Muslims and The Crucifixion
1 Corinthians 15 is known as ‘The Resurrection Chapter’ and explains that if Christ is not risen then our faith is futile, we are still in our sins and that we are of all men the most pitiable (Verses 17-19). The crucifixion and resurrection of our Lord is critical to our faith. Nonetheless there is a single verse in the Quran that denies that Jesus was crucified on the cross.
‘And because of their saying: “We slew the Messiah, Jesus son of Mary, Allah’s Messenger.” They slew him not, nor crucified him, but it appeared so to them; and those who disagree concerning it are in doubt thereof; they have no knowledge of it except the pursuit of a conjecture; (but) certainly they slew him not.’ (Surah 4:157)’.
It is worthwhile considering that the Jewish historian Josephus, the Roman Historian Tacitus, the Talmud and Lucian, a Greek historian, all independent accounts from outside the Bible, affirm that Jesus was in fact crucified.
Muhammad in the Bible?
Some Muslim scholars state that in Deuteronomy 18:15-19 where a new prophet like Moses is mentioned this is referring to Muhammed, not Jesus. Ahmed Deedat argued that for Jesus to be like Moses He would have needed to have been a military or governmental leader and that since the Arabs are related to the Jews through Abraham, they are ‘brothers’.i
However in John 1:45, ‘Philip found Nathanael and said to him, “We have found Him of whom Moses in the law, and also the prophets, wrote-Jesus of Nazareth, the son of Joseph.” Also Peter preached in Solomon’s Portico concerning the Prophet like Moses (Acts 3:19-22).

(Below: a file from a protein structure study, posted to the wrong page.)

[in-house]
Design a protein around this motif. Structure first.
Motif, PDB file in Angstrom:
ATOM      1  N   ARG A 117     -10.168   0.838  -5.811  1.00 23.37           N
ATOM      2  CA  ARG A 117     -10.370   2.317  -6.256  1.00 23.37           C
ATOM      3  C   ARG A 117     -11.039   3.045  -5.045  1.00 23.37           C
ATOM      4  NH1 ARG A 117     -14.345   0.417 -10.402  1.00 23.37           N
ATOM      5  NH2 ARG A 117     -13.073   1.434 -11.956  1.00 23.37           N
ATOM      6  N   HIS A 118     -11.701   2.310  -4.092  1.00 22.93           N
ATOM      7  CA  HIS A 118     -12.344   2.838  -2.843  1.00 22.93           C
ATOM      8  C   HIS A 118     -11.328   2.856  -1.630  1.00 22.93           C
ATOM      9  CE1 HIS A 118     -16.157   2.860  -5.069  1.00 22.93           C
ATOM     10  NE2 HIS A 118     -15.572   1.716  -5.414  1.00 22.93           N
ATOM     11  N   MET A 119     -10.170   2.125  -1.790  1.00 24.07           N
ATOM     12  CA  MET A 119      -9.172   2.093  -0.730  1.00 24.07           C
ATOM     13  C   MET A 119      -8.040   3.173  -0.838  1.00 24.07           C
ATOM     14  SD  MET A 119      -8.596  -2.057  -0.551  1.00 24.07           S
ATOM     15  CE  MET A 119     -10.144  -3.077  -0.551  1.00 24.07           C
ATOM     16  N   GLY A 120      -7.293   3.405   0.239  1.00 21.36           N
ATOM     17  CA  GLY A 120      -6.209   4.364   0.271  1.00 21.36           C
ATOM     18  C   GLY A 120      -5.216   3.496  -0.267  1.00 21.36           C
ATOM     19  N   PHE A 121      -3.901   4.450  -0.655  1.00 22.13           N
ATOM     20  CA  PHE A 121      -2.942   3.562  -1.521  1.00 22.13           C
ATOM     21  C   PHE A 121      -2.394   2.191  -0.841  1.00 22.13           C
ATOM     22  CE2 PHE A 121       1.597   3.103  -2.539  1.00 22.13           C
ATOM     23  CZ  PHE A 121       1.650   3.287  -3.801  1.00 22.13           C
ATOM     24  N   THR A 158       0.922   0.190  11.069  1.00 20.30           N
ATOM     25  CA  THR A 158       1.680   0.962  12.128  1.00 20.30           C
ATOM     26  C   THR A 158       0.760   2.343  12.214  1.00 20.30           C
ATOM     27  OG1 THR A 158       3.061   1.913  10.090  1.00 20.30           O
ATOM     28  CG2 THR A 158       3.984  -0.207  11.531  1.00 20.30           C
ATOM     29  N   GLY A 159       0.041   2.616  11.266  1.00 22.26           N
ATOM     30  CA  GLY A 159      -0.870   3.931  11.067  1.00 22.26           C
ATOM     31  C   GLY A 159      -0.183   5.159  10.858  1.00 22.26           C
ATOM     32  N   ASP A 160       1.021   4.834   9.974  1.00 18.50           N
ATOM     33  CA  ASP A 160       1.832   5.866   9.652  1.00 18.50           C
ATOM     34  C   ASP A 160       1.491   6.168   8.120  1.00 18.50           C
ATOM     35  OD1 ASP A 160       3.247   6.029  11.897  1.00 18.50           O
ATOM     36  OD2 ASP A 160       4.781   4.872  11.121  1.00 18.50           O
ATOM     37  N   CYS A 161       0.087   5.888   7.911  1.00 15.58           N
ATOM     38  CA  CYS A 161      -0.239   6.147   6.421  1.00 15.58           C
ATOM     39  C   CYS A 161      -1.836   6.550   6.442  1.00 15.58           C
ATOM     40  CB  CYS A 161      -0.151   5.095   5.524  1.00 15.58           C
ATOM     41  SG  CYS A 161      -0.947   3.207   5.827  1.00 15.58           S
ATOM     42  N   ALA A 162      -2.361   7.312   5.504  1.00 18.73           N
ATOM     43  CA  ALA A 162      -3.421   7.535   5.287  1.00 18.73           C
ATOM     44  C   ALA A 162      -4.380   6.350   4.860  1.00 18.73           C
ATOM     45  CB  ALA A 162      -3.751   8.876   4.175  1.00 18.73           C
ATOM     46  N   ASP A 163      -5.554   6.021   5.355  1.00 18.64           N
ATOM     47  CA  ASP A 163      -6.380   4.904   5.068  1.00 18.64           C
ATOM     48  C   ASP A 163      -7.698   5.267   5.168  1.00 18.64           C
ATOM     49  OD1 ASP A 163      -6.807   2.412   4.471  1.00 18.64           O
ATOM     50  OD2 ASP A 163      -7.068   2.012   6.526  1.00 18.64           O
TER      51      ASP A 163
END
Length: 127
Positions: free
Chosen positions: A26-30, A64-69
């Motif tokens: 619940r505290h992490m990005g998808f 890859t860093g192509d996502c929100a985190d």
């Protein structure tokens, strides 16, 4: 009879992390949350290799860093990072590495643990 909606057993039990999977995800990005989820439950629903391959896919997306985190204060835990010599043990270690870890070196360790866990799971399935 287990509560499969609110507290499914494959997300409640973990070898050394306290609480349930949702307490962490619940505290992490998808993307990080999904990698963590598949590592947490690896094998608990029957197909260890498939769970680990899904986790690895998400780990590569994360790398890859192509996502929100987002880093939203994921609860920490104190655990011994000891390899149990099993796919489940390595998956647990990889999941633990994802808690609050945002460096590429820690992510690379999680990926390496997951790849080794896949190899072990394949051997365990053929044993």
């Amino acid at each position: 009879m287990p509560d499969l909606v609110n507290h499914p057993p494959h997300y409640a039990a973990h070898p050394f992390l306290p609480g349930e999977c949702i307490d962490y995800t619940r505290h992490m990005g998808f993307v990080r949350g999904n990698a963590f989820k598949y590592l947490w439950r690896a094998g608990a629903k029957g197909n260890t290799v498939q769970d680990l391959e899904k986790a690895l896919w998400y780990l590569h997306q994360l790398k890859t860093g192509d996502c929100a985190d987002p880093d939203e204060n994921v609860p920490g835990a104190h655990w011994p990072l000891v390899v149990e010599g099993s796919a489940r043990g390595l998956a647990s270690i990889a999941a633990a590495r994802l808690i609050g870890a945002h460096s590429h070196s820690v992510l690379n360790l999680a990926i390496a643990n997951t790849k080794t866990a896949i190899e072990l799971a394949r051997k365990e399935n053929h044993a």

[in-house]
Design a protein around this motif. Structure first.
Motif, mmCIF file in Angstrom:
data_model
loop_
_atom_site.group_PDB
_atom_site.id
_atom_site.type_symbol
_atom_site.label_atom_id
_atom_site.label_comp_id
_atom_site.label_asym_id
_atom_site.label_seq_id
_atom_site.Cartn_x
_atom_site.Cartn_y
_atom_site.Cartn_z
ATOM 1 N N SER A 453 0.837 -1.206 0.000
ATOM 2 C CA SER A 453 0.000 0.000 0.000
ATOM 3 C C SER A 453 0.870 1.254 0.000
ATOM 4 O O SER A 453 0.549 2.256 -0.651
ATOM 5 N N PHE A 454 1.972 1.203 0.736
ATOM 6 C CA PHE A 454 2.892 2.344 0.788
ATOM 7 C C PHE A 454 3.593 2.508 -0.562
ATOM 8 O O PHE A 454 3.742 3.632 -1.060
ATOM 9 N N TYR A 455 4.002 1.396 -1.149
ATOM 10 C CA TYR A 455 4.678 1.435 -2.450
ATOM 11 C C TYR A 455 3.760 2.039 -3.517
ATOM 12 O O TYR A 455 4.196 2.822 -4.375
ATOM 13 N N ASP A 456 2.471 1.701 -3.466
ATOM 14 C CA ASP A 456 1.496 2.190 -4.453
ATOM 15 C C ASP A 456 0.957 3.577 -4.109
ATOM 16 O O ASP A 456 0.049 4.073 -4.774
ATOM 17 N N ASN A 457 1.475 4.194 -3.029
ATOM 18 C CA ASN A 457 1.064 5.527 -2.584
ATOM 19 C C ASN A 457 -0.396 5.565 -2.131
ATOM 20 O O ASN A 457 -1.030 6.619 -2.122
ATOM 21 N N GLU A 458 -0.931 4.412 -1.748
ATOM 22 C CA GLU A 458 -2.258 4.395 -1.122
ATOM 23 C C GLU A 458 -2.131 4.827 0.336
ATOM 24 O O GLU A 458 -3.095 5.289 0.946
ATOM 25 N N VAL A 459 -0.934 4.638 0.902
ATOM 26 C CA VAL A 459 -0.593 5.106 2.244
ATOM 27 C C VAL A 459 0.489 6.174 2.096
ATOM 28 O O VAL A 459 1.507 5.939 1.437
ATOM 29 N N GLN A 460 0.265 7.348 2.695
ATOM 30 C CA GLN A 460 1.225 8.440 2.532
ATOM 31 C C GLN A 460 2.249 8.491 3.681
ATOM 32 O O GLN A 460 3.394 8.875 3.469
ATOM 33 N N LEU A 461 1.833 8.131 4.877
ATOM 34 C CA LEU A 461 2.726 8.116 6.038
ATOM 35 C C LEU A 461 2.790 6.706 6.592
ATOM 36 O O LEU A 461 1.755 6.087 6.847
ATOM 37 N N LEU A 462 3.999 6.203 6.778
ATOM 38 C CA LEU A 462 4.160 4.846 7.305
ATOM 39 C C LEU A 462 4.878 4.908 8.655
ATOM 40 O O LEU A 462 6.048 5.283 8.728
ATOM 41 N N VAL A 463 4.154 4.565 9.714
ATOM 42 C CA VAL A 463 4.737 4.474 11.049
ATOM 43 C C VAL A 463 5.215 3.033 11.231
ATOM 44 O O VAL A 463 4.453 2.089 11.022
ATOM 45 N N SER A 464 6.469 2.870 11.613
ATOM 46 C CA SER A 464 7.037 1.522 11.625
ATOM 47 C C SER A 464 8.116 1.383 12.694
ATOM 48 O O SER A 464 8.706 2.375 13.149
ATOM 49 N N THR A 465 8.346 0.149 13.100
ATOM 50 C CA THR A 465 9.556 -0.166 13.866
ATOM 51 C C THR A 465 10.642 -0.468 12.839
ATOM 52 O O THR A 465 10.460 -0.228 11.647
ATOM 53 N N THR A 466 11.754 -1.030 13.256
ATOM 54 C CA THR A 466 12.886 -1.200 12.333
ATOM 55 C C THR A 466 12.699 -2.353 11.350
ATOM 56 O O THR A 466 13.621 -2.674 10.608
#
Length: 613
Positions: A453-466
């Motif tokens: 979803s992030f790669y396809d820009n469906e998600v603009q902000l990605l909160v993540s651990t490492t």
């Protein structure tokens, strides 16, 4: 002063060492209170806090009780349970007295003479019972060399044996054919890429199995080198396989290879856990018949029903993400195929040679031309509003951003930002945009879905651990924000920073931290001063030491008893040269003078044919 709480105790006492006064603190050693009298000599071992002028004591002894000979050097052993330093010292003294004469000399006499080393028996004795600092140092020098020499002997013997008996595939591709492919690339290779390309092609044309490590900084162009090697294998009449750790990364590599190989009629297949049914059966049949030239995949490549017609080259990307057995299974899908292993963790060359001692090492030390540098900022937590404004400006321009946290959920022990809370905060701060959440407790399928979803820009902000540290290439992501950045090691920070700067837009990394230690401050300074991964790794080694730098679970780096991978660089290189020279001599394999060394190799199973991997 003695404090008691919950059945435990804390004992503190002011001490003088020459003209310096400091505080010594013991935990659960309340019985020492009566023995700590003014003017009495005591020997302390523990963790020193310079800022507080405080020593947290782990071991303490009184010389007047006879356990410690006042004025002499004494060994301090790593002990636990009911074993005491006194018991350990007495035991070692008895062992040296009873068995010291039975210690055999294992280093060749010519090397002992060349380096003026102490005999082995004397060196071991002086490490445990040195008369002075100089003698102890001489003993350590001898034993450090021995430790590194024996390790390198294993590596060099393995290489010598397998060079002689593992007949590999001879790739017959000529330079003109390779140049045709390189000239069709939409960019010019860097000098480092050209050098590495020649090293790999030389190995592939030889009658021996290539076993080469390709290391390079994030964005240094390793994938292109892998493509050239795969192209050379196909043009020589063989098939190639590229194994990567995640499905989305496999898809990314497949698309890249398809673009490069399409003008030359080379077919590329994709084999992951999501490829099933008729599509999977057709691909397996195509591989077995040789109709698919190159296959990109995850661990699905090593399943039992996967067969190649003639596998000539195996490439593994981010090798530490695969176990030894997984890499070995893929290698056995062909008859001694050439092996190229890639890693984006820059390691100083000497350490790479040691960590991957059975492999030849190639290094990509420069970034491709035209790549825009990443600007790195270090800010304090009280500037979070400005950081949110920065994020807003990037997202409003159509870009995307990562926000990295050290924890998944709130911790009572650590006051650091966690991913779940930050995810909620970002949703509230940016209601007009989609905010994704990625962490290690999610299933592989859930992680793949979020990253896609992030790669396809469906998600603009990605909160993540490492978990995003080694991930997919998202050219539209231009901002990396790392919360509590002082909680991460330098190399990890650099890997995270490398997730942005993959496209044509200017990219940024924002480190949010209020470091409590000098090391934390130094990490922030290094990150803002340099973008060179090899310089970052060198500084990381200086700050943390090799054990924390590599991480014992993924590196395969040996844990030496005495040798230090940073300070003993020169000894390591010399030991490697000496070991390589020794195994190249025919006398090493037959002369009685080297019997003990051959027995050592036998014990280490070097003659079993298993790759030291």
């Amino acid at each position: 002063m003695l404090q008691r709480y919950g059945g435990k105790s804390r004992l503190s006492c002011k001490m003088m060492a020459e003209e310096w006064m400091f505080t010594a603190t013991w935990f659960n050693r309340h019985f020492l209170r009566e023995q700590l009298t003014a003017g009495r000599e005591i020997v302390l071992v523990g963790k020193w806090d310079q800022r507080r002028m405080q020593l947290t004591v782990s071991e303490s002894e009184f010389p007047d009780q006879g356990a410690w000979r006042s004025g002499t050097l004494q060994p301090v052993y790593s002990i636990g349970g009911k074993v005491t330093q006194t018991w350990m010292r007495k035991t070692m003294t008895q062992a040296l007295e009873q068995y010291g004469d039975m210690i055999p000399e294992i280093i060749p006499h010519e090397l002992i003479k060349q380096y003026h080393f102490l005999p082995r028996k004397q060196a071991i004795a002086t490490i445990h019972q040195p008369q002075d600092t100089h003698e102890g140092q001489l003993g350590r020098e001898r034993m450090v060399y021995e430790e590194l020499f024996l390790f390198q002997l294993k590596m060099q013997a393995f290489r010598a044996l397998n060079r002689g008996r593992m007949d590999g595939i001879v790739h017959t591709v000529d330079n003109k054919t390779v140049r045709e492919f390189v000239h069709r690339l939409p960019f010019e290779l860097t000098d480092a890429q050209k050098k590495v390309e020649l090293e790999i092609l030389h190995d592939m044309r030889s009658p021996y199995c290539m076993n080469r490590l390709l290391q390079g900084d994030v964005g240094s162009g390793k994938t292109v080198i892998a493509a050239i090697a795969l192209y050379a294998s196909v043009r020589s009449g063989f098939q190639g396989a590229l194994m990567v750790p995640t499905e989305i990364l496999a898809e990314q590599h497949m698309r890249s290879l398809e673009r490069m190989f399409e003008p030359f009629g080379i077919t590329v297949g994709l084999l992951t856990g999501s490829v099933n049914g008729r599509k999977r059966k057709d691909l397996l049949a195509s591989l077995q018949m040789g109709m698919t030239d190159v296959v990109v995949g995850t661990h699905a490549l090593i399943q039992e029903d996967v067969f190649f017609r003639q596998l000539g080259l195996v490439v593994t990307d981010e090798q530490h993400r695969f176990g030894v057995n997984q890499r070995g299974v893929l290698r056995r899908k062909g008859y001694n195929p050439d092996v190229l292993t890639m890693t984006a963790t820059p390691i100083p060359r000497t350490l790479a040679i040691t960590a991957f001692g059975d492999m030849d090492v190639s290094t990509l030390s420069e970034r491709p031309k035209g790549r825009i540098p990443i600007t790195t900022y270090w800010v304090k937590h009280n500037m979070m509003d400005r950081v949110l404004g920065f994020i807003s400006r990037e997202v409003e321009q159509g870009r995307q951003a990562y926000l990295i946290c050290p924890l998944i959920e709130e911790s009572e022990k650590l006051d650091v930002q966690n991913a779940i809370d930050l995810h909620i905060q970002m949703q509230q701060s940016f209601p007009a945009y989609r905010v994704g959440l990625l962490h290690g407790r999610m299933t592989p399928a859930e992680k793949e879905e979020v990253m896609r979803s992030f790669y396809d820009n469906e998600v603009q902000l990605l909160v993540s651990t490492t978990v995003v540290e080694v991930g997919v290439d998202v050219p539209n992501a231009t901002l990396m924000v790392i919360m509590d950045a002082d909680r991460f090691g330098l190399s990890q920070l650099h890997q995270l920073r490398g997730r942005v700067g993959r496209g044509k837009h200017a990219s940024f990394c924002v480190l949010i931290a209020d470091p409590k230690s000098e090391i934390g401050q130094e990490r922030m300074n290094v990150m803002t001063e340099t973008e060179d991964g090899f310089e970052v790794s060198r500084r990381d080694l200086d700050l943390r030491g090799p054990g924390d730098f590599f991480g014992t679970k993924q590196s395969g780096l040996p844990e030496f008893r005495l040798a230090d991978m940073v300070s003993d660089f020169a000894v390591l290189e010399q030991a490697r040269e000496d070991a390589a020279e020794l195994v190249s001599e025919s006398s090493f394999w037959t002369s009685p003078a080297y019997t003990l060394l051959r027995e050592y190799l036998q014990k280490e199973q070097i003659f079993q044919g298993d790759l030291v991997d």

Ada Habershon was a friend of Moody and Sankey, Spurgeon and others, and in her ‘Study of the Types’, she lists four pages of parallels between Moses and Jesus and explains exactly how Moses was a type of Jesus. To mention a shortlist of those examples, they were both referred to as servant, chosen, prophet, priest, judge, shepherd, leader, intercessor, deliverer and ruler, were betrayed, falsely accused and went to Egypt.ii
Some Muslim scholars also equate the Holy Spirit described as the Helper or Comforter through John 14-16 with Muhammad. The Bible clearly affirms this relates to the Holy Spirit, compare John14:26 with 1 Corinthians 2:13. The Holy Spirit came at Pentecost. Logically it doesn’t fit that the disciples would have to wait 600 years for the ‘helper’ to arrive.
Is the Bible Corrupted?
This is one objection often raised, so it is helpful to consider the following. When scrolls were copied by trained scribes, they were checked horizontally and vertically and if an error was discovered on a scroll it would be discarded. Also the sheer number of copies which vastly outnumbers any other ancient historical document, in addition to the discovery of the Dead Sea Scrolls in 1947 discovered in the Qumran caves points to the incredible accuracy of the Scriptures. The sheer quantity of historical and archaeological evidence which can be viewed at the British Museum in London and the Bible Lands Museum in Jerusalem also demonstrates that the Bible is rooted in historical fact.
The way we share the gospel, conversing with respect and reverence and recognizing the needs of the person you are witnessing to is vital. This also needs to be accompanied with prayer. Ultimately only God can save though he chooses to use us to share the good news with others. The closing quote is from Patrick Sookhdeo…
‘Most Muslims who come to Christ are not won over by intellectual arguments which disprove the validity of Islam. Rather they have a personal encounter with Christ. Often this happens by reading the New Testament. Others have testified to the power of the love of Christ working through their Christian friends. Sometimes the Lord will call a Muslim to Himself through dreams and visions.’iii
i James R White What Every Christian Needs To Know About the Qur’an (Bethany House Publishers; Minneapolis, 2013), 203.
ii Ada Habershon The Study of the Types (Kregel; Grand Rapids, 1985), 165-168
iii Patrick Sookhdeo A Christian’s Pocket Guide to Islam (Christian Focus Publications and Isaac Publishing; Ross-shire & Pewsey, 2001), 73